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VOCs Threaten Drinking Water in Ithaca, NY

This past fall, the town of Ithaca, NY began the process of recoating one of their water storage tanks. This particular storage tank was located on Ridgecoat Road and served tap water to just over 500 homes in the immediate area. The company tasked with the recoat, JNP Construction Corp., had to remove what remained of the old coating and apply a new Sherwin-Williams epoxy coating to protect the tank. The new coating system was approved for use by the American Water Works Association and the work was completed on November 15, 2010, several weeks behind schedule.

Since the work had been pushed well into the winter, various strategies were implemented in trying to get the epoxy to dry. Ventilation and heat pumps were used to try and dry the coating. By early December, the coating appeared to be functioning properly and the water tank was filled and tested for VOCs. The results of the report were less than satisfactory, with several VOCs testing above levels required by the New York Department of Health (NYDH). Finally, by the end of December, testing showed that water coming from the tank came in just below the NYDH’s maximum contamination level (MCL) of 5 parts per billion. Since the tank had passed the minimum requirements, it was brought online again on January 3, 2010. The test also identified concentrations of ethylbenzene and xylene (VOCs), but theses concentrations did not exceed the state MCL limits.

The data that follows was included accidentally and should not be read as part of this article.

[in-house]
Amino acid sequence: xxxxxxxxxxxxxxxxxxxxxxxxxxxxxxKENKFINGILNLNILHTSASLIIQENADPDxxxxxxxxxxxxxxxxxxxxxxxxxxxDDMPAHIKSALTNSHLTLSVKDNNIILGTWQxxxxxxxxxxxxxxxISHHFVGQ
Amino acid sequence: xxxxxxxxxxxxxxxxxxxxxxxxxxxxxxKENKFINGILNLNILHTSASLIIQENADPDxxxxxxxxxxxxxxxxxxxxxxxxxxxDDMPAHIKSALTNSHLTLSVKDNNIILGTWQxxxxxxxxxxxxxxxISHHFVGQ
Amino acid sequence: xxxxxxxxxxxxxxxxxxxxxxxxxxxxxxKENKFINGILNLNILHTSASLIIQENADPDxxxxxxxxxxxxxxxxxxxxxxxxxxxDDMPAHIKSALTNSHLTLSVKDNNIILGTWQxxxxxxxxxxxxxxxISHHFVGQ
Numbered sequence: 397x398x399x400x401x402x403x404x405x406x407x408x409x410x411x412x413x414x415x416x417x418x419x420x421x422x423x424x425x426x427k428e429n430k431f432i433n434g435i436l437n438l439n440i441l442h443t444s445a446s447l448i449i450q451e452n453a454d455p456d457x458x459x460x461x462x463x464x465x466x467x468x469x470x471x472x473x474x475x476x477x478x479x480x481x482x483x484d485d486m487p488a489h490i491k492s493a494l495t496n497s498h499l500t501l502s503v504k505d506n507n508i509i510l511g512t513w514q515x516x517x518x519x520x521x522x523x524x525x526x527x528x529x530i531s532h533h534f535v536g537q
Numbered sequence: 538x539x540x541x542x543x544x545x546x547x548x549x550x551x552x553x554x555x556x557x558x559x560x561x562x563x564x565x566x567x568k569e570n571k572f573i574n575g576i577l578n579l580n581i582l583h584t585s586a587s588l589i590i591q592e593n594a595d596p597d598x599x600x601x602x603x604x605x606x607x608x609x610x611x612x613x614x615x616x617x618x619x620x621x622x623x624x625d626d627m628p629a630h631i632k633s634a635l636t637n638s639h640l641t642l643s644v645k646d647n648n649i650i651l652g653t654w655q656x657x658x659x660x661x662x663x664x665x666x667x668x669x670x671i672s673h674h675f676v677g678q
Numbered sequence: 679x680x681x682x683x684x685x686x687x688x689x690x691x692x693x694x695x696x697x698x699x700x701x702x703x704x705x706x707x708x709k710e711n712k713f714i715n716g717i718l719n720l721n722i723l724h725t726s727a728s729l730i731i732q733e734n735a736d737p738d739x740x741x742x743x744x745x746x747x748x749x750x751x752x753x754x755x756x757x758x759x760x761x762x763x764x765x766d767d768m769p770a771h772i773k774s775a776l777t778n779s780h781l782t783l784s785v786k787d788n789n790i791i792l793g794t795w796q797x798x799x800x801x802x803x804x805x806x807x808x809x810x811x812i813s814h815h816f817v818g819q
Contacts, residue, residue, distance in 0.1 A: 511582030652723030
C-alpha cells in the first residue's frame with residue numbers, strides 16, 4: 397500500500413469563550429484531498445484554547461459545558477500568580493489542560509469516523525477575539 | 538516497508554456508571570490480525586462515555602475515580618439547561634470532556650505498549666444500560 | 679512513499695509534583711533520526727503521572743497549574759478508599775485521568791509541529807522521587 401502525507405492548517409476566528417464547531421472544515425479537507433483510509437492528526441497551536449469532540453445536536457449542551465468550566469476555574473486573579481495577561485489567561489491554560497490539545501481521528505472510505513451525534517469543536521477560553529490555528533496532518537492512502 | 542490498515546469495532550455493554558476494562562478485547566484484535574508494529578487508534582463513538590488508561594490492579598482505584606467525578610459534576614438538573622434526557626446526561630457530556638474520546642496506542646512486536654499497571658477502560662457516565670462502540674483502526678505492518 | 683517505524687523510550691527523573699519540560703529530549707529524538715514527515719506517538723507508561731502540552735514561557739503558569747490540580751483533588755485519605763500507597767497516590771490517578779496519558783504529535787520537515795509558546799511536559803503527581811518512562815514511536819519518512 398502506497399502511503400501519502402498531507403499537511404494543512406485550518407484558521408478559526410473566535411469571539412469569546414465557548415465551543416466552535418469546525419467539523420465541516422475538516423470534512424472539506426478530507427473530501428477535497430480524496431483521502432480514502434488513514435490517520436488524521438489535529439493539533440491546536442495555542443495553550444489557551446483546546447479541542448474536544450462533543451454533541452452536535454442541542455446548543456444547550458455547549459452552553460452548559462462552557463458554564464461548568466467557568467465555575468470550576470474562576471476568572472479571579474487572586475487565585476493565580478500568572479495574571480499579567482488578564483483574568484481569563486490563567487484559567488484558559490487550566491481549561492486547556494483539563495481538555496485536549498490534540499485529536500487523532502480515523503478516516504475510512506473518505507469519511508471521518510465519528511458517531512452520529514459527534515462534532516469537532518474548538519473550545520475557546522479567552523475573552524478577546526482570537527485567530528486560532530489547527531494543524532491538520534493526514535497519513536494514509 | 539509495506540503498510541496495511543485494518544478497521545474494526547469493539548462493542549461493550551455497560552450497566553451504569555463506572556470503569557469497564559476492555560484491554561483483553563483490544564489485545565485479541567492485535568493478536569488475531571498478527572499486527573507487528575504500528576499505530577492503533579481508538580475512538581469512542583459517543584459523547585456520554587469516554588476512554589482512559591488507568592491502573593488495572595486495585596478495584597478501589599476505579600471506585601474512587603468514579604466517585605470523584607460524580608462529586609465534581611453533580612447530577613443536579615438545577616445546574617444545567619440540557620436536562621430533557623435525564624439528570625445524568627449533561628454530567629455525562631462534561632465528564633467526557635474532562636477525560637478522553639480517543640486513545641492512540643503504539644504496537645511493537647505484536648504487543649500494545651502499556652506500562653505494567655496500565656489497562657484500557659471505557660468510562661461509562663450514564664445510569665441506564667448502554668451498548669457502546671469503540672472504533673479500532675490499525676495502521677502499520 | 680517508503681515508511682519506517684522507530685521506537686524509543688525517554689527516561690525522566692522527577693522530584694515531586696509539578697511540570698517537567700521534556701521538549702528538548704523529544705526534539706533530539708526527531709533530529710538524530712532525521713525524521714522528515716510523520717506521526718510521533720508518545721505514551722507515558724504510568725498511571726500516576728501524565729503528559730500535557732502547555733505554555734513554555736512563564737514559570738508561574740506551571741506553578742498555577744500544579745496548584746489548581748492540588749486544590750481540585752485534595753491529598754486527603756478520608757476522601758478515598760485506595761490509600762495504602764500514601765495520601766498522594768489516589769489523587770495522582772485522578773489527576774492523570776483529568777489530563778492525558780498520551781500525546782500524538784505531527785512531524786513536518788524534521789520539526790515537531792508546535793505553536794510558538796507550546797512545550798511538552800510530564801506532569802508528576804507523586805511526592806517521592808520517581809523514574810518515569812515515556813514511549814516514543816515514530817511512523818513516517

The tank was again tested on January 31 by the county Health Department. The new test found that the levels of ethylbenzene and xylene now exceeded the MCL. Here’s where it gets very interesting… fast-forward to March 18, 2011, and finally the Bolton Point Municipal Water System sent out a warning letter about higher than normal levels of ethylbenzene and xylene. My question is — what took so long?

From January 31 to March 18, those 500+ families were drinking tap water with unsafe VOC levels, local public health officials knew about it, and did nothing. Steve Maybee, a public health engineer at the NYHD pointed to a rule in the code that allows for higher MCL levels for 60 days following a recoating. While this may be true, withholding the information from the public, especially from those affected is at the very least unsafe and unethical.

Walter Hang, president of Toxic Targeting in Ithaca, said it best,

“Why in the world are they using paint to coat the inside of a water tank if it contains toxic chemicals? This really calls for a comprehensive investigation and it is simply shocking that there was no public notification.”

What do you think? Let us know in the comments.


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